My feeder and waterer are in the chicken coop because I think they should have access to their food at all times (I lock up the coop at night so they aren't allowed into the run) and also, if I sleep in late they will already have food and water with them so no need to worry. The only reason why I would consider not keeping the food and water in the coop is that sometimes it can be a little messy.
Hi there, We've kept our oldest hens food & water inside their coop, but now that we've had them a year I'm beginning to see how little they actually use them in there. Whenever I put any water or food in their run or around our yard they are all over it, so I'm considering moving them out of the coop. But our hens mostly free range during the day anyway, and don't seem to go back to their coop other than to lay eggs.
I moved my chicks to their coop about 2 weeks ago. I put a watering bucket with nipples in the coop, and had their food in an old dog dish moving it in and out at night / morning. I will be making another bucket for the outside so they have water anytime - day or night. I'm thinking of making a food dispenser for the run, and only move it in if there is an extended rain since the run doesn't have a roof / cover. It gets too messy inside the coop otherwise.
They don't need access to their food 24/7. My father-in-law's dad raised chickens for a living back in the 40's - 70's (and his family before him - they sold off the business after he passed away). My father-in-law was telling me they only fed them twice a day: morning and evening; and they did just fine. Good luck with whatever you choose!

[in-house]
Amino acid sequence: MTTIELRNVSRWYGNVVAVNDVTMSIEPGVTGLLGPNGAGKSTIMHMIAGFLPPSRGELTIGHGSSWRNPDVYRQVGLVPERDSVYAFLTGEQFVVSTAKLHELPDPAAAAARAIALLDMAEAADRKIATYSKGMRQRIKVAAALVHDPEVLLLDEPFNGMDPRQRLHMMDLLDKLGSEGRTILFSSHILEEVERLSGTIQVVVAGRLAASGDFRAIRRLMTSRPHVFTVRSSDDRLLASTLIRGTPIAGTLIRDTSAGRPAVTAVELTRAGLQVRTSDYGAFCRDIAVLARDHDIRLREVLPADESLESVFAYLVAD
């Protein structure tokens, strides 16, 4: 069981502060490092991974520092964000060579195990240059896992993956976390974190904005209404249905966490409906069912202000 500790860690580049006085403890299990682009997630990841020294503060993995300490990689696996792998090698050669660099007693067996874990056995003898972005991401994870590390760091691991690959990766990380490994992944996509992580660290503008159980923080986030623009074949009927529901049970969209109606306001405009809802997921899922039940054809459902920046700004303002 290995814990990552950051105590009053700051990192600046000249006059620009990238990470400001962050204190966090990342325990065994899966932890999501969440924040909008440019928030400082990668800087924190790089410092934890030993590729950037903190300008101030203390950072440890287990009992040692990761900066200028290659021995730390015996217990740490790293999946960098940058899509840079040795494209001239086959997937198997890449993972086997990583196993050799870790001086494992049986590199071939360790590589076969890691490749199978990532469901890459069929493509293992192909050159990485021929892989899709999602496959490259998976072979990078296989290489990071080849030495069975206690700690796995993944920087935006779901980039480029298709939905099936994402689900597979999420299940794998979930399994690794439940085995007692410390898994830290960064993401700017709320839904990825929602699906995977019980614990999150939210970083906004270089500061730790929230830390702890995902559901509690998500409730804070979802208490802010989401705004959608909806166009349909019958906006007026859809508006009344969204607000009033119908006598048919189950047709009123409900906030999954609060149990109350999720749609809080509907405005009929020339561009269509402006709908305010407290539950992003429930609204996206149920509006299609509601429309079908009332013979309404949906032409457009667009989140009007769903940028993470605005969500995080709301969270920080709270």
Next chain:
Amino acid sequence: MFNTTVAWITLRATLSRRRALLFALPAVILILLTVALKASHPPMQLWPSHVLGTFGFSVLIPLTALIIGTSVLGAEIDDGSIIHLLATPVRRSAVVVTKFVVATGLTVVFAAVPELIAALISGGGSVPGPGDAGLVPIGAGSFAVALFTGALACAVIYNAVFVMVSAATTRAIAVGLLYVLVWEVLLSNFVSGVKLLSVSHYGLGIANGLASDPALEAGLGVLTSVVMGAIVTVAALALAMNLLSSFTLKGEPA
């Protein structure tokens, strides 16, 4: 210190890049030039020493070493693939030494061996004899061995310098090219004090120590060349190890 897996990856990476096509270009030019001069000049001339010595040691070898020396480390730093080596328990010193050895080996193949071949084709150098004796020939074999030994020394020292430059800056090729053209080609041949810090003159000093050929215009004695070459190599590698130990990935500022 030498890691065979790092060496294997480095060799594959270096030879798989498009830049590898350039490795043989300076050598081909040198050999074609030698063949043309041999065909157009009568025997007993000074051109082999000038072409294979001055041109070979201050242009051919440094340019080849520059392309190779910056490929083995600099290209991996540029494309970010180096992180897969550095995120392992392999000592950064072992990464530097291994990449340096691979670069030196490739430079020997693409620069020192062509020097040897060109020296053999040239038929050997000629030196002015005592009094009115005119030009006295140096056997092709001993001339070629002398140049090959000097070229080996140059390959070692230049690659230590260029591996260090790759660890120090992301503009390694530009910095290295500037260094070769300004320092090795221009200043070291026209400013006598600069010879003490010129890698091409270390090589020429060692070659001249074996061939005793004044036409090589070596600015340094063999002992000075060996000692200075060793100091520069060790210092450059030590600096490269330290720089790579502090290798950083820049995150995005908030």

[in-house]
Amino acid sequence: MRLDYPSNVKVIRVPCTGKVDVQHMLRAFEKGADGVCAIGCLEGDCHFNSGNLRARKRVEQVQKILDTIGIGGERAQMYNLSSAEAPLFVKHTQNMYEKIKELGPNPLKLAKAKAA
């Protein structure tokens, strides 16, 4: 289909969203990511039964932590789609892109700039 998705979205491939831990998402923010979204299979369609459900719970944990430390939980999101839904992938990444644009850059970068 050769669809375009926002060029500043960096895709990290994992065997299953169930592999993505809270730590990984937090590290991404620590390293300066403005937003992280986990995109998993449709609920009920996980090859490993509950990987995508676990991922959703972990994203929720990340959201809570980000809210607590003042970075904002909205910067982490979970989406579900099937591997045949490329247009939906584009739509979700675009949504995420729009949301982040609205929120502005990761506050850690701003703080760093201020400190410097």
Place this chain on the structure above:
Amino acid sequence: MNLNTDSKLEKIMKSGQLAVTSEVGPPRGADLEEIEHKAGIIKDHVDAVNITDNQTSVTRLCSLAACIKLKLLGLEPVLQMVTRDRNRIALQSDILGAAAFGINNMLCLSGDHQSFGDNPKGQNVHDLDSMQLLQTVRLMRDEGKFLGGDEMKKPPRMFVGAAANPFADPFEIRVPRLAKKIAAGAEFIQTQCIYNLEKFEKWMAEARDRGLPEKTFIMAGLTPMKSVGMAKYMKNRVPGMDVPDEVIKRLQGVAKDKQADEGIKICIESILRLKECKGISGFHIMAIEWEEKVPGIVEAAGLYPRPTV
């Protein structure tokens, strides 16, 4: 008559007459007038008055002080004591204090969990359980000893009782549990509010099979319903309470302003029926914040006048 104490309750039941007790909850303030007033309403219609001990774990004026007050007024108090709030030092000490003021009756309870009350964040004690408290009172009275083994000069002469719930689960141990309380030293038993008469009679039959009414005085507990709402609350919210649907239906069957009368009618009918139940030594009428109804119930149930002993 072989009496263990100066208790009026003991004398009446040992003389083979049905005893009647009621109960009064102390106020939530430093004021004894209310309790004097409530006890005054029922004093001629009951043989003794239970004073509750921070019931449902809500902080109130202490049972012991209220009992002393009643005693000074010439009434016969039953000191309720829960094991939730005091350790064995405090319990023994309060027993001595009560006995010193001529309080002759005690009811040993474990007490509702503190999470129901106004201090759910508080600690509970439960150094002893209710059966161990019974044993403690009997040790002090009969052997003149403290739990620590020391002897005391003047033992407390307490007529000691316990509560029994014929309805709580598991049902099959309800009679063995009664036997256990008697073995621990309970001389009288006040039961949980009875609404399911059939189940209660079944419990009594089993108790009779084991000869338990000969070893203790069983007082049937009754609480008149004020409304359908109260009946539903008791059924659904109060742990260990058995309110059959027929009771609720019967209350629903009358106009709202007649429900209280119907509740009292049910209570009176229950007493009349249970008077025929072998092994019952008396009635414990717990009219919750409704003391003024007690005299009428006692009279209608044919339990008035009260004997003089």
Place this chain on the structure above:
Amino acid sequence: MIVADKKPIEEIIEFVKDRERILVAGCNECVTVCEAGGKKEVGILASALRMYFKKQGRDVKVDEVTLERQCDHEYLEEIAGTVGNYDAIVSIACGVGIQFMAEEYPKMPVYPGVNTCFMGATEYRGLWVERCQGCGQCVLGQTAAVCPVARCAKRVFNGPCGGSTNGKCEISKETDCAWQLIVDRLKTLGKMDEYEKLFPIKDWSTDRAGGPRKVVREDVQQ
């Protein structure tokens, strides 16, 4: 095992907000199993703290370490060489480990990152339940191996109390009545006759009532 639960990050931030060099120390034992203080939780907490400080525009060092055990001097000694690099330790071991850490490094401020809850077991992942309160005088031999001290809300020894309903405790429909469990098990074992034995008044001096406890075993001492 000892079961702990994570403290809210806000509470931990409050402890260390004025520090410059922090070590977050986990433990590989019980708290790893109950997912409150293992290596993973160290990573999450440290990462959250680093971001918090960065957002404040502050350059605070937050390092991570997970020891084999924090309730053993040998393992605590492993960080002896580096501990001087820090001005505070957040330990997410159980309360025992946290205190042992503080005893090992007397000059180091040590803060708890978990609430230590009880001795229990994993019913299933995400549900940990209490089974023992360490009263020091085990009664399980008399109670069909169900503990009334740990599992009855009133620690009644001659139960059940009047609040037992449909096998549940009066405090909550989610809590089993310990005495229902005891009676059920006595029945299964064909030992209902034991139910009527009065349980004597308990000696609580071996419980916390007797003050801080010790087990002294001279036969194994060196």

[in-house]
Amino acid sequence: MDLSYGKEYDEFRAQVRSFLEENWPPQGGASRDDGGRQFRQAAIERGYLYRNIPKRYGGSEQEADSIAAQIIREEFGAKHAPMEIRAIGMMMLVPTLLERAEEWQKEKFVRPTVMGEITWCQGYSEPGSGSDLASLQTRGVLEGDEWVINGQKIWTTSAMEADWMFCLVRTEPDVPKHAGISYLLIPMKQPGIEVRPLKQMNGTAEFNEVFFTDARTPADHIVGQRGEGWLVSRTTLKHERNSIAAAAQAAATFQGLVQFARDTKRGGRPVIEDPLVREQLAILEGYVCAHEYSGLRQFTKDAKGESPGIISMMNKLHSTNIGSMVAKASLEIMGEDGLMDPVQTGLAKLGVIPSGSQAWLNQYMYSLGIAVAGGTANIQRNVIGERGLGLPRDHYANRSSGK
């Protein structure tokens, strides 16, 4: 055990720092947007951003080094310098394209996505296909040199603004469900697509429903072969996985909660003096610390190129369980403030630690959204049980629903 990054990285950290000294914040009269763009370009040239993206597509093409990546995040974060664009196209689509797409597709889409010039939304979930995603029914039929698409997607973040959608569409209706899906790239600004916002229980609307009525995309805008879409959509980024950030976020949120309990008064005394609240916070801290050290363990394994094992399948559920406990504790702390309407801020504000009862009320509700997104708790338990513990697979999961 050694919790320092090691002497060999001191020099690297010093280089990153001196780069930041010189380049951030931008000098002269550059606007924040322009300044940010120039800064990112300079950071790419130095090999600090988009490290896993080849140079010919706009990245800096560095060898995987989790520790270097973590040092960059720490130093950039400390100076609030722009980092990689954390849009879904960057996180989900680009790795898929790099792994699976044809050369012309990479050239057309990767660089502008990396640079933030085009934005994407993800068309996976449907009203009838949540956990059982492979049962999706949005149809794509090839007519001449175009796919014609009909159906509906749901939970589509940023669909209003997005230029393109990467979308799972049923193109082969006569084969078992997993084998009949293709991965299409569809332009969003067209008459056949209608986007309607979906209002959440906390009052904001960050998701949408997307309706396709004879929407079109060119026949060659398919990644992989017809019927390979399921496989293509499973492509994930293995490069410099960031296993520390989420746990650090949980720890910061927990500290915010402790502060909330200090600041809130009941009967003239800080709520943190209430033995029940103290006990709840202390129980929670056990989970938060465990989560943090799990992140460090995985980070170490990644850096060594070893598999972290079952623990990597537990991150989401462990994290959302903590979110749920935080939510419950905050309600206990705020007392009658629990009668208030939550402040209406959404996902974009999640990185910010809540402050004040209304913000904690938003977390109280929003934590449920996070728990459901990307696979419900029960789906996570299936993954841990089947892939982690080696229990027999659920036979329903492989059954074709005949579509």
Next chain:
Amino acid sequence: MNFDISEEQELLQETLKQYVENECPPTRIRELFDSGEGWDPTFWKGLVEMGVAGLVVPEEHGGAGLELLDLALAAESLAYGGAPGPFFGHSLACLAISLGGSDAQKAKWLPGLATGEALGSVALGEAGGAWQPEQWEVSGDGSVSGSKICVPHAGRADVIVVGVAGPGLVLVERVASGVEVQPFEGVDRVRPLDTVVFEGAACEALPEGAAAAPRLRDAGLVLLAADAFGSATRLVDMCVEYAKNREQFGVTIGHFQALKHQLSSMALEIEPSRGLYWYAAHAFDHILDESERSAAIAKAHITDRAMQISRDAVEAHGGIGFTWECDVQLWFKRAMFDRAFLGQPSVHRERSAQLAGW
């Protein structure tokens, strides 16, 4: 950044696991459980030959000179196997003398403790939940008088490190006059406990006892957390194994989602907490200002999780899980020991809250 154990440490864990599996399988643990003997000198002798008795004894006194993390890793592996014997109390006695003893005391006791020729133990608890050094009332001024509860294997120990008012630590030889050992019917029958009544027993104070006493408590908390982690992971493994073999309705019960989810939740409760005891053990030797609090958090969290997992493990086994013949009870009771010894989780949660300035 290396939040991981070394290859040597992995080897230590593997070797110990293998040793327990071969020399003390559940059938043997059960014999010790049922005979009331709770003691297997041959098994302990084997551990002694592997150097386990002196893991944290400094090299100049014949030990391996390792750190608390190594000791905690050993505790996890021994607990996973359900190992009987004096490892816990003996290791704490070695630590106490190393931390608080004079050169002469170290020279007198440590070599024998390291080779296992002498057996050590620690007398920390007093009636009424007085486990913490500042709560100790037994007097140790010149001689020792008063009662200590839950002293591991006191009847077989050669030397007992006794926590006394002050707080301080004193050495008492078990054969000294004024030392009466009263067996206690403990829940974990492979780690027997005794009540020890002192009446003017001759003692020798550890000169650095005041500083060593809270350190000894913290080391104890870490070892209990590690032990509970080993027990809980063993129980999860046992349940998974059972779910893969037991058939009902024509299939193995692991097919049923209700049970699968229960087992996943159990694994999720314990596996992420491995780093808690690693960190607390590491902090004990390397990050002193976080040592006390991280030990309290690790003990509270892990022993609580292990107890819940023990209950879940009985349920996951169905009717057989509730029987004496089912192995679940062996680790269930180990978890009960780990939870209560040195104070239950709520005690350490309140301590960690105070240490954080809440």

It depends on your coop and run situation I think. Redsoxs point was sensible as that is what I do with my adult birds. Everyone has their own methods for chicks. At around 4 weeks, I set my chicks up in their grow-off pen. I have a coop attached to a secure, fenced run outside. I prefer rearing chicks in the months of March, April, or May. It may still be too cold in March or April, so I'll hang a brooder lamp in the coop until they chicks are fully feathered. Since the red lamp is on at night for warmth, I make sure the growing chicks have a hanging feeder and access to water. When I open the coop in the morning. I hang feeders and place waterers outside the coop in the run. Before I lock them in the coop for the evening, I place the waterer and feeder back in the coop. This begins training them to go in and out when I want them to, instead of fumbling around to get them in and out of the coop.